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Over 150 years ago in Seneca Falls, NY, Seabury S. Gould made the worlds first all-metal pump and used his skills to incorporate Goulds Manufacturing Company in 1869.

Although the company manufactured many products including corn shellers, church bells, and the famous Goulds Swan Neck Fire Engine, their money was made with pumps. The company had much success during their early history.

Goulds Pumps Company History

In the late 1800’s, the company won several medals around the world for their pump design and manufacture. In 1905, two Goulds Triplex pumps were installed in the New York Times building. During World War II, Goulds extra-quiet trim pump was installed in every US Navy submarine.

The 1960’s saw a 2000% increase in sales for Goulds Manufacturing. The company went global and entered the industrial pump business, manufacturing the first submersible water well pump. In 1997, the company was acquired by ITT Industries, a global engineering and manufacturing company. Goulds Pumps was integrated with ITT Industries’ fluid technology business. The merger with Goulds made ITT the largest pump manufacturing company in the world with sales increasing 35% in the first year after acquisition.

Today, Goulds Pumps remains headquartered in Seneca Falls, NY and employs over 2,600 people worldwide. They manufacture residential and commercial water and wastewater pumps. Goulds industrial pumps, controllers, and accessories are used for a variety of applications including chemical processing, pulp and paper, power generation, oil refining, gas processing, mining and mineral processing. Residential pumps and accessories are used for supplying water to homes and eliminating wastewater.

Products Manufactured by Goulds Pumps that Contained Asbestos

The pumps designed by Goulds are used in a variety of applications and must be designed to withstand high temperatures and corrosive chemicals. For several decades in the mid 20th century, the gaskets, packing materials (stuffing box packing), and valves for Goulds pumps contained asbestos. A natural mineral fiber, asbestos is not only heat and chemical resistant, it is also inexpensive and readily available. These properties made asbestos an ideal insulation material for the gaskets and packing of pumps. Pumps designed to be used for high-temperature fluids or acidic / corrosive chemicals are more likely to contain asbestos in the gaskets and packing.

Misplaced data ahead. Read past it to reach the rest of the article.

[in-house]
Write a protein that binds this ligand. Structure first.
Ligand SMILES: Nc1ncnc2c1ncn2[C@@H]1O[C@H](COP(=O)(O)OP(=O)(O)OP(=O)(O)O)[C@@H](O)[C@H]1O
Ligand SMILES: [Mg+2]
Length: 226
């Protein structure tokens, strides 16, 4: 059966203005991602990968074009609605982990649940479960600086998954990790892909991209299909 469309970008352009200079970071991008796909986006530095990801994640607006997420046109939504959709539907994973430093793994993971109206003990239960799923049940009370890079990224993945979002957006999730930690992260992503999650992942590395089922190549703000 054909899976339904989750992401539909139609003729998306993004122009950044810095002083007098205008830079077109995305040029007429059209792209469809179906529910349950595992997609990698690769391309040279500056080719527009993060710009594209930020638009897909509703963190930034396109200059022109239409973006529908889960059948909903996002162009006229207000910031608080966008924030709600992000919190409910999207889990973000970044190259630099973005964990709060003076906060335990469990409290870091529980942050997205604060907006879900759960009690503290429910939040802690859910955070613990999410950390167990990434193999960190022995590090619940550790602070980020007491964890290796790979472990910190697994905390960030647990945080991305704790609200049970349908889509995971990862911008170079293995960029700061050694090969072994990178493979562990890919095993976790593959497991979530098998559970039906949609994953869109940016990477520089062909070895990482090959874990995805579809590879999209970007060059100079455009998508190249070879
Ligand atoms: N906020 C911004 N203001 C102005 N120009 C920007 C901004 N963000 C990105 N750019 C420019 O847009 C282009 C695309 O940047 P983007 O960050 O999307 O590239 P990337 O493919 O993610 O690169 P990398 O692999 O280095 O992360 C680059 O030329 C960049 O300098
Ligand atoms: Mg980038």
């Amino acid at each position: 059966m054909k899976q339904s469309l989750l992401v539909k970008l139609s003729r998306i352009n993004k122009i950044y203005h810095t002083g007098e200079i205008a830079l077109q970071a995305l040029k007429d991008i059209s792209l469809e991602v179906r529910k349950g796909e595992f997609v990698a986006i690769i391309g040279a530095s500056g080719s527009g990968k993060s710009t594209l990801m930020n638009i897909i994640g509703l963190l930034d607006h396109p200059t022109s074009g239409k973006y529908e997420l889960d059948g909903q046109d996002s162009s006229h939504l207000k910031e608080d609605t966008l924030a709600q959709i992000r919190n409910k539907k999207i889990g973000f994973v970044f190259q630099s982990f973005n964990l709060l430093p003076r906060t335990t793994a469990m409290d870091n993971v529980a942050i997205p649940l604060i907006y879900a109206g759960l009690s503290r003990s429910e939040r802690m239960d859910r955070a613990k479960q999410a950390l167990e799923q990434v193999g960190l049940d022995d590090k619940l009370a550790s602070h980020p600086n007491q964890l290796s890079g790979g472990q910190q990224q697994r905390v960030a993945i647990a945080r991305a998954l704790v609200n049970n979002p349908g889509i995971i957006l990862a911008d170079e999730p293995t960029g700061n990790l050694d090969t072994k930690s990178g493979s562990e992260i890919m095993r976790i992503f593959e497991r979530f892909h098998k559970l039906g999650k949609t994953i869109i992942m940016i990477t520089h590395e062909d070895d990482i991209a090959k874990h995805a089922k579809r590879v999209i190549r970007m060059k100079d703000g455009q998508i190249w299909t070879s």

Goulds pumps were on the list of products approved for use by the United States Navy. These pumps were installed on navy vessels and today, many veterans face the threat of developing mesothelioma after being exposed to asbestos while serving on board these ships.

Occupations at Risk for Asbestos Exposure

Goulds Pumps manufactures pumps for a variety of different industries including chemical processing, pulp and paper, power generation, oil refining, gas processing, and mining and mineral processing. In addition, Goulds Pumps have been used by the US military. Workers involved in the manufacture, maintenance, and repair of pumps for these various industries are most at risk for exposure to asbestos. Specific types of tradesmen most likely to be in contact with asbestos-containing pumps include plumbers, steamfitters, boiler repairmen, maintenance workers, insulators, navy and marine staff, factory workers, and HVAC workers.

When asbestos-containing gaskets and packing materials of pumps are removed or disturbed, asbestos fibers are released into the air. It is at this point that the asbestos fibers may be inhaled and become embedded in the lung tissue. The fibers may also adhere to the clothing of the worker and once at home, others may be exposed to the asbestos as well. Prolonged exposure to these airborne asbestos fibers increases the risk of developing diseases such as mesothelioma.

Asbestos-related illness typically takes years to develop. Tradesmen who worked with asbestos-containing pumps more than 20 years ago many only now be developing signs of disease which may include chest pain and chronic cough. Unfortunately, there is no cure for mesothelioma, but early detection and treatment by an oncologist or mesothelioma specialist increases the chance of survival.

Recent News

According to the 2009 ITT Annual Report, asbestos-related costs totaled $237 million in 2009. As of December 31, 2009, there were 104,679 open claims against the company due to asbestos exposure.

Written By

Tara Strand Senior Content Writer

Tara Strand specializes in researching and writing about asbestos, raising awareness and advocating for a ban.

Full Bio Editorial Guidelines
Reviewed By

Jennifer Lucarelli Legal Advisor and Contributor

Jennifer Lucarelli is a partner at the law firm of Early, Lucarelli, Sweeney & Meisenkothen, specializing in asbestos litigation.

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